Hastings International and Comparative Law Review


Throughout his tenure, President Hugo Chavez of Venezuela carried out an ideological political vision of resistance to United States political and economic hegemony in Latin America. Due to Venezuela's large political and economic influence in Latin America, Chavez's administration has repeatedly thwarted efforts by the United States government and American corporations to maintain their economic dominance in the region. Venezuela's antagonistic foreign policies over the last decade have resulted in an opening up of an autonomous policy space in Latin and Central America and presented a serious pushback to United States political and corporate presence in Latin America.

With Venezuela's full acceptance into the Common Market of The South ("Mercosur") in July 31, 2012, and its current pro tempore presidency since July 15, 2013, its decadelong anti-neoliberal policies and efforts to decrease United States economic hegemony in the region may have found a new venue. Venezuela is likely to expand the original purpose of Mercosur: First, by enlarging its scope from that of a free-trade regional framework for economic integration into one also concerned with social and political integration, and second, to be used as a tool to further diminish United States economic interests in Latin America. Although, after Hugo Chavez's death, Venezuela's government is currently being run by his former vice president Nicolds Maduro, its policy of resisting United States economic and political presence in the region is likely to continue because Maduro espouses the same 21st Century socialist ideology as his predecessor.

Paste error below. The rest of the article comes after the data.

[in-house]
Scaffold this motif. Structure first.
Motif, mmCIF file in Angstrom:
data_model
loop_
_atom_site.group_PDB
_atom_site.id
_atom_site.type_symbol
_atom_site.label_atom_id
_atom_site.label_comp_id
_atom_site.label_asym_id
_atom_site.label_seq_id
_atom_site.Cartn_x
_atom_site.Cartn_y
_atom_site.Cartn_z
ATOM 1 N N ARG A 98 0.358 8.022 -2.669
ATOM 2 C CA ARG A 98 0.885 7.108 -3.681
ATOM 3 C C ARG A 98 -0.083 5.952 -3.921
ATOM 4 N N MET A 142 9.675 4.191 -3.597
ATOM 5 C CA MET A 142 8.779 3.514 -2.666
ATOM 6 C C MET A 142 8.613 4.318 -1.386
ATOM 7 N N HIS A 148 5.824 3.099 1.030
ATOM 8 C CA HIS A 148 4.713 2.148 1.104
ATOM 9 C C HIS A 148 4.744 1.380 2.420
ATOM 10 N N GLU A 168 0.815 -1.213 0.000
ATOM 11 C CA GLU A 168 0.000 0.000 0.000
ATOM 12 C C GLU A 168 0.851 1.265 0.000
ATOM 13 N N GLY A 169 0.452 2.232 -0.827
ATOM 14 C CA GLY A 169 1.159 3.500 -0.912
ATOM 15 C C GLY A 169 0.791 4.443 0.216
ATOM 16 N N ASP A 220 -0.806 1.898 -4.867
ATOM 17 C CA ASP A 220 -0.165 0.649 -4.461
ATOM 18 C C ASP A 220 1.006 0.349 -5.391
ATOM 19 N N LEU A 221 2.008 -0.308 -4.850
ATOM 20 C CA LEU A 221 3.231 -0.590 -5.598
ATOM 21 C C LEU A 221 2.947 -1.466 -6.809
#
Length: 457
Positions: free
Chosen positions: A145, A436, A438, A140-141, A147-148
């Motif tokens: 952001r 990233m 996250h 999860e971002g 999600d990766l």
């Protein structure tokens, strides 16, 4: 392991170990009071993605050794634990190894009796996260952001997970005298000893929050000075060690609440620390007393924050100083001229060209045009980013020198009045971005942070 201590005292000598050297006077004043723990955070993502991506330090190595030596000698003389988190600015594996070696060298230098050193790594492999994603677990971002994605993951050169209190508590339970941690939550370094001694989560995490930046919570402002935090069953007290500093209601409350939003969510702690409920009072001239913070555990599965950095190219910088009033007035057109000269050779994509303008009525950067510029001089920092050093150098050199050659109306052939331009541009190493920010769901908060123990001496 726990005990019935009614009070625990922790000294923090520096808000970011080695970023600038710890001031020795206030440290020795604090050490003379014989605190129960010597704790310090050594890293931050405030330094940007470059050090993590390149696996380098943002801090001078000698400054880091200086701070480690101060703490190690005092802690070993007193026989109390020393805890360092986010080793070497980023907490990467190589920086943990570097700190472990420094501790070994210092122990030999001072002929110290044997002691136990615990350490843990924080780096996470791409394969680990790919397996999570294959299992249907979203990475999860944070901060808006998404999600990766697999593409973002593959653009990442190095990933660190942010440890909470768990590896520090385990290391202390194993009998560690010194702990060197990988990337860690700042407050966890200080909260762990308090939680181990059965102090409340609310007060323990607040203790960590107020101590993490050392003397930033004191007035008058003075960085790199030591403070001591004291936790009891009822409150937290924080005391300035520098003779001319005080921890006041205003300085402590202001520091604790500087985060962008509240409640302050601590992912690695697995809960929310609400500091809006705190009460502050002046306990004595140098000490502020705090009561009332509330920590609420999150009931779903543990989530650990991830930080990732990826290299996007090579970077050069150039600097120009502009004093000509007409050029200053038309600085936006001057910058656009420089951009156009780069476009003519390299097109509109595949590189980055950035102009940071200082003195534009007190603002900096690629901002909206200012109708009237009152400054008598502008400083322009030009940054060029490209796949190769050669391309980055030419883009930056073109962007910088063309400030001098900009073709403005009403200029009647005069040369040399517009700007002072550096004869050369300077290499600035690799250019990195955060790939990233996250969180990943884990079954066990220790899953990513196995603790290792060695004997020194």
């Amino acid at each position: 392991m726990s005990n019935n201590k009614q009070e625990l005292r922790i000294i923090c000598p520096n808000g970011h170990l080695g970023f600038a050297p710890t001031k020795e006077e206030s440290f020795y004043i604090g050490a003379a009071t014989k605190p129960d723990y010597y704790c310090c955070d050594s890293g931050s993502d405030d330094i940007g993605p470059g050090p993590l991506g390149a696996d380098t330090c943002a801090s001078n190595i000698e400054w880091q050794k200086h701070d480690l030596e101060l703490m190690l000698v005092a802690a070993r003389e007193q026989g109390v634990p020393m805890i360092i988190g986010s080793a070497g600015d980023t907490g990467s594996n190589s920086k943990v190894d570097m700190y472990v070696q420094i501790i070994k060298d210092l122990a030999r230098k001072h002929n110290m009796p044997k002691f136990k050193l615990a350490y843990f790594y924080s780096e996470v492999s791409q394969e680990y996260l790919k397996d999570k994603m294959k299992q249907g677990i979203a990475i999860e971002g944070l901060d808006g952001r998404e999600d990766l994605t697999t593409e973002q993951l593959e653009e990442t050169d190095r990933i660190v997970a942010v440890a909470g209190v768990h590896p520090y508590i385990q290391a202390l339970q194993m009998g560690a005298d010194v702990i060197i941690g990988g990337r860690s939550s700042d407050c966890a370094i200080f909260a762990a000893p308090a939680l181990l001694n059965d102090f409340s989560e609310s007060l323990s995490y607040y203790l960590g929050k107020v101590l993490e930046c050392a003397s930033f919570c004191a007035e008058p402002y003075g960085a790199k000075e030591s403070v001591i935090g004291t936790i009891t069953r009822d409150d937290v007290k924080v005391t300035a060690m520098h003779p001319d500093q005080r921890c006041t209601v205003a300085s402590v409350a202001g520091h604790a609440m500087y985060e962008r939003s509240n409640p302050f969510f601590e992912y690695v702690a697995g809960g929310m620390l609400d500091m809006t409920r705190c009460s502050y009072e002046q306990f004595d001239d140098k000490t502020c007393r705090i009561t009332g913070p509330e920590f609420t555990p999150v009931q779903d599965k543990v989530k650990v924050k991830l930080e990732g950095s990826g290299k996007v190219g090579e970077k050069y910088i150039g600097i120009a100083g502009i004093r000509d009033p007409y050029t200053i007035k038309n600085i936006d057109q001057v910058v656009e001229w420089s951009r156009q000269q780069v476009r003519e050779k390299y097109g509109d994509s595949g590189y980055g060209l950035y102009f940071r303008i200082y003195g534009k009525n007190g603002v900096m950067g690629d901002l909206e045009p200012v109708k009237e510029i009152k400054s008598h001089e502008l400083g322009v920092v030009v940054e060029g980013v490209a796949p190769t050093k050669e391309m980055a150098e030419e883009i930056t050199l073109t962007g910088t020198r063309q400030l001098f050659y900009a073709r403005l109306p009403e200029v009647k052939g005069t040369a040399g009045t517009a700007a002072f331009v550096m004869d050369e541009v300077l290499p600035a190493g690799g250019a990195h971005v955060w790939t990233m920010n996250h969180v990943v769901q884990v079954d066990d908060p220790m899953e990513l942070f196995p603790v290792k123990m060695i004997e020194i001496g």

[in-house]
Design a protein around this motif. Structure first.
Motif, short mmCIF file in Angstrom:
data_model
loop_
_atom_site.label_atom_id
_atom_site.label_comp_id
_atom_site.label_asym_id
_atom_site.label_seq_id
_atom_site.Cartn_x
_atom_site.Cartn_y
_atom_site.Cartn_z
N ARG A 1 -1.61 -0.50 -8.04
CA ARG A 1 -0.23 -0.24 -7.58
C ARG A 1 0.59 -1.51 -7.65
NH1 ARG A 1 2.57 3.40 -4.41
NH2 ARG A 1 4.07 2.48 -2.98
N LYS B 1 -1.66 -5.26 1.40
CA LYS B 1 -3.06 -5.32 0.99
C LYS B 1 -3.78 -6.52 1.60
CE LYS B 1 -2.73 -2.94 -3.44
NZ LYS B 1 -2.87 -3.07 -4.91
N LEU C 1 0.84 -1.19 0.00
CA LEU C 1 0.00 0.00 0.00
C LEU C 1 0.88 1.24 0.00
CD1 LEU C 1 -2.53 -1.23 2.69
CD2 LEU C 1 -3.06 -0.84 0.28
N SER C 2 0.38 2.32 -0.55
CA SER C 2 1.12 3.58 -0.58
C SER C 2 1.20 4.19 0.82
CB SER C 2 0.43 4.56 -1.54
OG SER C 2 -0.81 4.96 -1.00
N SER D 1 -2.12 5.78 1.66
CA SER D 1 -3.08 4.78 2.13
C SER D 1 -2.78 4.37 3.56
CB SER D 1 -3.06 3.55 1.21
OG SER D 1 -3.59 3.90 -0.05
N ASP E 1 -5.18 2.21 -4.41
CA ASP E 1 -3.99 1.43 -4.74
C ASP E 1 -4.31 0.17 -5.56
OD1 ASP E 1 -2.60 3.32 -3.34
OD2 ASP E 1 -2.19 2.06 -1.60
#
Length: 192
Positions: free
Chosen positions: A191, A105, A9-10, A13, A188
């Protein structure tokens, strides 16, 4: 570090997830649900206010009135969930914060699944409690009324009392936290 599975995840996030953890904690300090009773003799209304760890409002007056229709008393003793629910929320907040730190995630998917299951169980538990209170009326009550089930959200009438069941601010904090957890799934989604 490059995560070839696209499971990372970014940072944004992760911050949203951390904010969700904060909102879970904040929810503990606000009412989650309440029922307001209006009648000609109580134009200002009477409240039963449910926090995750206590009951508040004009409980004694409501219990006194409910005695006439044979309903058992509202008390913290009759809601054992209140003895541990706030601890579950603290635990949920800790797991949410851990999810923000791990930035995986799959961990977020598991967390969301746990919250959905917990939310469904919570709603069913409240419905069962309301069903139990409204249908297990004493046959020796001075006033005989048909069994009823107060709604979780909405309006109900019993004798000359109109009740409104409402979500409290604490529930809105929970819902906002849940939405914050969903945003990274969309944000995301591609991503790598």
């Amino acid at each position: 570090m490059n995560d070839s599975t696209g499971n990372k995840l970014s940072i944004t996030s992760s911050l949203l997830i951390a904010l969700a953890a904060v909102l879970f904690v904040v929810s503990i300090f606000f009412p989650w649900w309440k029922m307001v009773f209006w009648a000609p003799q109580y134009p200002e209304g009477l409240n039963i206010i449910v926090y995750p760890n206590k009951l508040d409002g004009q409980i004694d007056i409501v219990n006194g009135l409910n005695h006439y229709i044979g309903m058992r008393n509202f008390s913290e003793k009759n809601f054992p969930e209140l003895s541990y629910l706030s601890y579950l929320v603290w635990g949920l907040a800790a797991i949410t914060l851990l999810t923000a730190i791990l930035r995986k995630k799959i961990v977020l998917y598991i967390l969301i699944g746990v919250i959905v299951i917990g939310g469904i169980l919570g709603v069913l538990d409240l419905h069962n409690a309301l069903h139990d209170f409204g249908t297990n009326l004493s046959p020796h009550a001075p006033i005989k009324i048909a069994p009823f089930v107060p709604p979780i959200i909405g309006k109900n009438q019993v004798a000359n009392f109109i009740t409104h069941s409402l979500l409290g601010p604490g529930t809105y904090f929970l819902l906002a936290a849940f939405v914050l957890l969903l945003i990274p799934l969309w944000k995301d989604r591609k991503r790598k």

The purpose of this note is to understand the extent to which the Venezuelan government intends to use Mercosur as a vehicle to further its political and economic resistance against United States political and economic/corporate interests. A brief observation will also be made regarding the extent to which the other members of Mercosur will aid or resist Venezuela: Brazil, Argentina, Uruguay, Paraguay, Bolivia and Ecuador.

This inquiry into Venezuela's intentions in regard to Mercosur will be placed within the context of Venezuela's policies of resistance to United States interests over the last decade. Past United States efforts throughout the 20th century to maintain or increase hegemony in Latin America will be recounted to provide historical background. In particular, the policies of the Monroe Doctrine and the Roosevelt Corollary, President Ronald Reagan's policies of containment of socialism in Latin America, and lastly, the Bush administration's most recent efforts to push back the "pink tide" spreading across Latin America are relevant.